|Contribution-based Jobseeker’s Allowance||Yes||No||No|
|Contribution-based Employment and Support Allowance||Yes||Yes||No|
|Widowed Parent’s Allowance||Yes||Yes||Yes|
|Bereavement Support Payment||Yes||Yes||No|
The NHS is conspicuous by its absence from the list above.
In the late 1970s over 65% of all unemployment benefits were based on contributions from previous employment with 35% being means tested. Today it’s almost the mirror image and contributory benefits are now just over 42% of the total.
Why do people say that National Insurance pays for the NHS?
Most people will remember Gordon Brown, when he was Chancellor of the Exchequer, saying he would put 1p on NI to ‘pay for the NHS’. There is that claim from John Prescott that he had ‘found’ £30bn in the NIF ‘for the NHS’. And the Liberal Democrats – along with Labour’s MP Frank Field – insist that NI should be changed to fund the NHS and Social Care as a hypothecated tax.
Is it any wonder that people believe that’s how the NHS is paid for, with so many politicians saying it is, or should be?
There is, in fact, a difference between the NIF and the National Insurance Contributions (NICs) collected. And the difference illustrates the confusion that exists about the tax system. At this point it is worth pointing out that, despite any statements to the contrary, NI is just a tax.
The Government Actuary’s Department has estimated that NICs will raise just over £125 billion in 2017/18, of which £101.8 billion will go into the NIF and £23.7 billion will go to the NHS.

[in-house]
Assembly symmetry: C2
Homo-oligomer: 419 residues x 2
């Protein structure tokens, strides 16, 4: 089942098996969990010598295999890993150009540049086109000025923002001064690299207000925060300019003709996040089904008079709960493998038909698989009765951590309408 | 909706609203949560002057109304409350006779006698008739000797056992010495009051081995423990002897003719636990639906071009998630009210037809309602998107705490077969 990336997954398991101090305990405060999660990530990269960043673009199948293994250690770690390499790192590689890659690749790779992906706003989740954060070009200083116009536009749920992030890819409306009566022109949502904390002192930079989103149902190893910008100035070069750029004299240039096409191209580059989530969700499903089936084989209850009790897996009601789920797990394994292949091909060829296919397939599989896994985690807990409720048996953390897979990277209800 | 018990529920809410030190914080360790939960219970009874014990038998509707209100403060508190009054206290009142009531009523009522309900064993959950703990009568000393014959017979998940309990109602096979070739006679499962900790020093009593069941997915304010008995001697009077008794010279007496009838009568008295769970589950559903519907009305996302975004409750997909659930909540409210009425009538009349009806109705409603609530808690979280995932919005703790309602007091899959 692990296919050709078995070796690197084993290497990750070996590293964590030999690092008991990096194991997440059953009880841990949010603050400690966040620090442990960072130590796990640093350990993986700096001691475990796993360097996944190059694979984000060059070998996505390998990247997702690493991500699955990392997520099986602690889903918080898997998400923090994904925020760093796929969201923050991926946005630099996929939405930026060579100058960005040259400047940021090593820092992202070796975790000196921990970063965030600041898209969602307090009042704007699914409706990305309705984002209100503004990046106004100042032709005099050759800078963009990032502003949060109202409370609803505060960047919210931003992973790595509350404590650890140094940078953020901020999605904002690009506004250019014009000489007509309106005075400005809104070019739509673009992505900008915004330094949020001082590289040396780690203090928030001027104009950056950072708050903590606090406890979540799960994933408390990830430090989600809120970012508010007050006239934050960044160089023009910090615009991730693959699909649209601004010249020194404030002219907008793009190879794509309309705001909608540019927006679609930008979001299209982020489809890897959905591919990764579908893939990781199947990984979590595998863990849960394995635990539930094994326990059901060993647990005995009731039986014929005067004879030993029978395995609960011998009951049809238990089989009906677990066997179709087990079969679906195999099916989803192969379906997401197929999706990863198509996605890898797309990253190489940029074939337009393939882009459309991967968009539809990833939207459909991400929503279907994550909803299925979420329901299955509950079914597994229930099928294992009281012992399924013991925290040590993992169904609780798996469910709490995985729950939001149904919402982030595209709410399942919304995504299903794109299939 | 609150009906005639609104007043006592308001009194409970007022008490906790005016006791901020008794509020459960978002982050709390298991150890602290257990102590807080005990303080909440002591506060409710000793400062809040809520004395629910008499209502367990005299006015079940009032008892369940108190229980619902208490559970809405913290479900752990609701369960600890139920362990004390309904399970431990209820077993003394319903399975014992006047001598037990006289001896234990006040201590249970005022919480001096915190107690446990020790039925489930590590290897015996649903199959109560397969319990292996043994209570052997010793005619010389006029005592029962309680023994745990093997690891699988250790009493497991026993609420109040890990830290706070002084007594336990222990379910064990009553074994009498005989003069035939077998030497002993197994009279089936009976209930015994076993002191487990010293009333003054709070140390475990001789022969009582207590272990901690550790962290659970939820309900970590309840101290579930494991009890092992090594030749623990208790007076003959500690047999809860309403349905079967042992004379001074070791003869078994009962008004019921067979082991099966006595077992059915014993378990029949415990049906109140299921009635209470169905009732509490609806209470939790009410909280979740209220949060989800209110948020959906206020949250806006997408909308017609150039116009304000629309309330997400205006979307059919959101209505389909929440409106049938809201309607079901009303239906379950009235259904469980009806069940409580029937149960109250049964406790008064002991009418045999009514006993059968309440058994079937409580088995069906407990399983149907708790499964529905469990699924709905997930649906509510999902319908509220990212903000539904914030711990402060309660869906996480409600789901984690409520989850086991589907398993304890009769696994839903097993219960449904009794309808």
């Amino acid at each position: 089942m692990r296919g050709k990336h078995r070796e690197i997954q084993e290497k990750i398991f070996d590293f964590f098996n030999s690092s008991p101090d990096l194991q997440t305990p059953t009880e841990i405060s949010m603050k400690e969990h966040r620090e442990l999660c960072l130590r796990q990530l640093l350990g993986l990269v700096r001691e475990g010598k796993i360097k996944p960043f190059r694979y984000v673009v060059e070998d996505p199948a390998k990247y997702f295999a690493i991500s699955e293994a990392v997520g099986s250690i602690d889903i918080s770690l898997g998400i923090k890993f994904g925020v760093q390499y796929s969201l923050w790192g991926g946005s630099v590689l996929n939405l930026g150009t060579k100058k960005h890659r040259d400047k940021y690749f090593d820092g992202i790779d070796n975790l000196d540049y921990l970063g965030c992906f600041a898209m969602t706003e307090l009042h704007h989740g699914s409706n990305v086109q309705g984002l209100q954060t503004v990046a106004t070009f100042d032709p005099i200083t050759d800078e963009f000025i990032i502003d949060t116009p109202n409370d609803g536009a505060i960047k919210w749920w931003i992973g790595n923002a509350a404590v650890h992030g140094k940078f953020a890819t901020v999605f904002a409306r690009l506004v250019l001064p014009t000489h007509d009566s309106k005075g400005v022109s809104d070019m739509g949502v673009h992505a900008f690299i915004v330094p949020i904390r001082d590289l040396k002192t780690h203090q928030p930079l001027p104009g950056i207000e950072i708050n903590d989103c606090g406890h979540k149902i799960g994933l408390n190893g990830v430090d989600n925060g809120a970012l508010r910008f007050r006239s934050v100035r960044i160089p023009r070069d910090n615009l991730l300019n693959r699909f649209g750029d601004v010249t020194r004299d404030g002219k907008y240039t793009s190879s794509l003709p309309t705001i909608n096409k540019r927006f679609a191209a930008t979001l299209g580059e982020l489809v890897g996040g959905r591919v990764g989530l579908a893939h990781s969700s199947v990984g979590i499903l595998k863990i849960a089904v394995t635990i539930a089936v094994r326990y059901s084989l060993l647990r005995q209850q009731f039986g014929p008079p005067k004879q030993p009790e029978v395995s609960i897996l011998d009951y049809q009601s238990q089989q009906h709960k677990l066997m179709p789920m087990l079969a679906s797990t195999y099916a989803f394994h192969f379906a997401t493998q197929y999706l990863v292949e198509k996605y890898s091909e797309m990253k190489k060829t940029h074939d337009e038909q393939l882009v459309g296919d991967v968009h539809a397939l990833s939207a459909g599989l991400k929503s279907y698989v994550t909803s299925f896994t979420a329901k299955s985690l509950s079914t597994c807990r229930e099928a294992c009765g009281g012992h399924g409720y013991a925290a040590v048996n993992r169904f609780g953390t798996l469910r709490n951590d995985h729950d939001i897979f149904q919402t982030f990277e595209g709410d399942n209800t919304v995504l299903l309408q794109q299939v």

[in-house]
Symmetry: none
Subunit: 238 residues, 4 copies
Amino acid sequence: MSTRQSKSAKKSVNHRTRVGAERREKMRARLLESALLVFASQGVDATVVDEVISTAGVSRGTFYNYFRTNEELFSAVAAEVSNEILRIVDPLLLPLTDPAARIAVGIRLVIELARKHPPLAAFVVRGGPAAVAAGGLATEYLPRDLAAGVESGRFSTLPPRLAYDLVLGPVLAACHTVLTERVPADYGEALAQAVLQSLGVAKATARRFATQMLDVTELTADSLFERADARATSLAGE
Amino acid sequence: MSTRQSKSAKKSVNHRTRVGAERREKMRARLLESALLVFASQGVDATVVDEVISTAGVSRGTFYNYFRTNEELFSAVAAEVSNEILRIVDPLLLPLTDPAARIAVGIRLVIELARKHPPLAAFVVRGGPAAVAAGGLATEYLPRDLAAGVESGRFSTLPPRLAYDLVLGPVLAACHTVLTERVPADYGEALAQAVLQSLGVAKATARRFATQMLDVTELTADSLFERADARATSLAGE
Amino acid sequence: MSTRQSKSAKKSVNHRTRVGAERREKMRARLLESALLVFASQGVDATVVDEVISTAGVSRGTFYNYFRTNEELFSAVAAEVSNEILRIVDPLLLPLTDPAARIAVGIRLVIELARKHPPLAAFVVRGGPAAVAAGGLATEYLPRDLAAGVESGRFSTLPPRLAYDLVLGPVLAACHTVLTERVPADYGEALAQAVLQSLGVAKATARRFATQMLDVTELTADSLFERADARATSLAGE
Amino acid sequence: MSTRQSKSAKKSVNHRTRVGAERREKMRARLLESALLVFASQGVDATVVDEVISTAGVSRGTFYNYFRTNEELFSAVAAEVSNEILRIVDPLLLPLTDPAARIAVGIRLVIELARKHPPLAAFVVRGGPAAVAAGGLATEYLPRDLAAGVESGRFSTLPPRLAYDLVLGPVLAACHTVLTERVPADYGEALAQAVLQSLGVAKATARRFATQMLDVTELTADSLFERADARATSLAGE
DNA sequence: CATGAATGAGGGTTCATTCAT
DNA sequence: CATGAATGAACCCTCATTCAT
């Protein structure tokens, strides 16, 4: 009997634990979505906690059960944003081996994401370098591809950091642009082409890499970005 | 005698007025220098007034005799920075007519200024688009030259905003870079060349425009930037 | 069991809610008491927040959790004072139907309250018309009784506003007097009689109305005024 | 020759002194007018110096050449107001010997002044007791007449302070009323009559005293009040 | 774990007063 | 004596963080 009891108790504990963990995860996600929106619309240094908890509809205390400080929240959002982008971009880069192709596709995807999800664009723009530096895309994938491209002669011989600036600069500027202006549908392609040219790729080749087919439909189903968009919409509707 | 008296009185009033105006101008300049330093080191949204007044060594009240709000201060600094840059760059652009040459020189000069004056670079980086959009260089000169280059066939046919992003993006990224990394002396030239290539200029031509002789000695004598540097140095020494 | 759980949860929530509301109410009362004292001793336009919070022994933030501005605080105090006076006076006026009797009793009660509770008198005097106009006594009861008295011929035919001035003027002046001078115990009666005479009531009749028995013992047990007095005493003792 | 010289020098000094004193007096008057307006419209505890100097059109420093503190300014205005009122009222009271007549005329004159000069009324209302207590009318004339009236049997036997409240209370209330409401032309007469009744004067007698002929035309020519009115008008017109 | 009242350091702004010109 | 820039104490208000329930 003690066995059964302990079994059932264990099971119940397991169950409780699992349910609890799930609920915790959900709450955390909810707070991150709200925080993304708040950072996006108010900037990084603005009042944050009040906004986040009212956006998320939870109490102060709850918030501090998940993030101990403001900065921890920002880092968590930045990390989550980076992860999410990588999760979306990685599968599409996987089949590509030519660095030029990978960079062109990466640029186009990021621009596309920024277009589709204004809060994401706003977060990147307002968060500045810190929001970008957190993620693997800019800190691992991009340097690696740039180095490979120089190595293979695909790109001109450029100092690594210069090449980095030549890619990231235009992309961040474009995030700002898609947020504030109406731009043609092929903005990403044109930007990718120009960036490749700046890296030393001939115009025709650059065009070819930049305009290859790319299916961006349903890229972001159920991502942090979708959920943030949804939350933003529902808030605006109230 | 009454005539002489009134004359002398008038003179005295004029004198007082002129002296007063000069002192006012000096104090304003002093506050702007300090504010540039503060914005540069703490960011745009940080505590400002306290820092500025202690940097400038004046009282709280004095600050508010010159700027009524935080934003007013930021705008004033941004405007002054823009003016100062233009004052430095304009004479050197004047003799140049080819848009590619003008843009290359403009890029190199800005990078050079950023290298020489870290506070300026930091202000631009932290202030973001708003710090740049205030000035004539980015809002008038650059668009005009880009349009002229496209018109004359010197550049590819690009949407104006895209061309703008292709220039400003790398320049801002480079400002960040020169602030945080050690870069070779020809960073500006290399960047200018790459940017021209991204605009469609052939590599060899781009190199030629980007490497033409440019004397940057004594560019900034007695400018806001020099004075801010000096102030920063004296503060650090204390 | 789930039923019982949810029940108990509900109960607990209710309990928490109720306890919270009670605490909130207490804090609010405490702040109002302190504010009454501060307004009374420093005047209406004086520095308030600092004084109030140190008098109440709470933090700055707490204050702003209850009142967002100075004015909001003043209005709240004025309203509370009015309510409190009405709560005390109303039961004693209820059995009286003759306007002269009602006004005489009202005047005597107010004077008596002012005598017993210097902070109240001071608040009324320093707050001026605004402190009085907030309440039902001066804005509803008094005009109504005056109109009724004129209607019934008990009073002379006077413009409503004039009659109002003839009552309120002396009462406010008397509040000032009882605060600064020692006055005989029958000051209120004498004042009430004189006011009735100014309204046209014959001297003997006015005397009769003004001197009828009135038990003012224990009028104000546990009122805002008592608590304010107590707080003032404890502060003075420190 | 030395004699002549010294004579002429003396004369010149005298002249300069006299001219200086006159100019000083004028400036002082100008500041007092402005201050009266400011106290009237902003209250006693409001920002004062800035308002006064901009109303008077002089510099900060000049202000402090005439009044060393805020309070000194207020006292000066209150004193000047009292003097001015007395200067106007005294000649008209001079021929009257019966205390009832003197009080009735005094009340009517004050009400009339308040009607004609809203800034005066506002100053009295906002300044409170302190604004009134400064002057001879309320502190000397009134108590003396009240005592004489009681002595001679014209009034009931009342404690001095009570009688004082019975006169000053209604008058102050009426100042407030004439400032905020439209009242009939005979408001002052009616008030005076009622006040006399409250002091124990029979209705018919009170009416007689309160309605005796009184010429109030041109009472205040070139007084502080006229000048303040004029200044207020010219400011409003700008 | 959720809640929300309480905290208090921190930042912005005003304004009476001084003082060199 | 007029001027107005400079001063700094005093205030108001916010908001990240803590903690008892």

What is accounted for in the NIF, as explained above, is the estimated amount of contributions needed to pay for the contributory benefits including pensions. Any excess over that amount is supposed to ‘go’ to the NHS, but it isn’t equivalent to the amount of funding the NHS needs. It is simply accounted for in the Consolidated Fund at the Bank of England which is a record of all the Government’s spending and receipts.
This brings us to the central issue of why politicians insist on making the link between the NIF and the NHS. At its most basic it is because politicians believe that if the public think that the tax is being spent directly on something they want and have a direct interest in (working benefits, pensions, health) they are less likely to complain when that particular tax is increased. And why do they believe it? Because countless polls tell them so. They also like going to the polls saying that they will not increase income tax – that’s a huge vote loser. But a manifesto commitment on ‘income tax’ can be neatly circumvented by increasing the other income tax – NI.
Is National Insurance a hypothecated tax?
A true hypothecated tax is one in which the tax is ring-fenced for a named service and pays for all that service. This system effectively enforces a spending cap on the service being paid for as it limits spending to an equivalent of the tax levied. That’s very difficult to do when necessary spending is required before the taxes are received. It’s also difficult to define the ‘whole’ of a service.
The NIF appears to be hypothecated. Its rules say that the Fund must always contain enough contributions to meet all its obligations as listed above. To this end it must have a reserve in hand (John Prescott’s £30bn ‘secret’). But the Treasury also makes grants available to the NIF to make sure it keeps to its rules when it doesn’t have enough contributions coming in. A further adjustment is made between the balances in the England & Wales account and the Northern Ireland account to make sure they both represent the right amounts for their relative constituencies. Yet more adjustments are made because the Department of Work and Pensions and the Department of Business, Skills & Innovation both make payments out of their own budgets for the benefits accounted for under the NI scheme so transfers are made between them to equalise the accounts.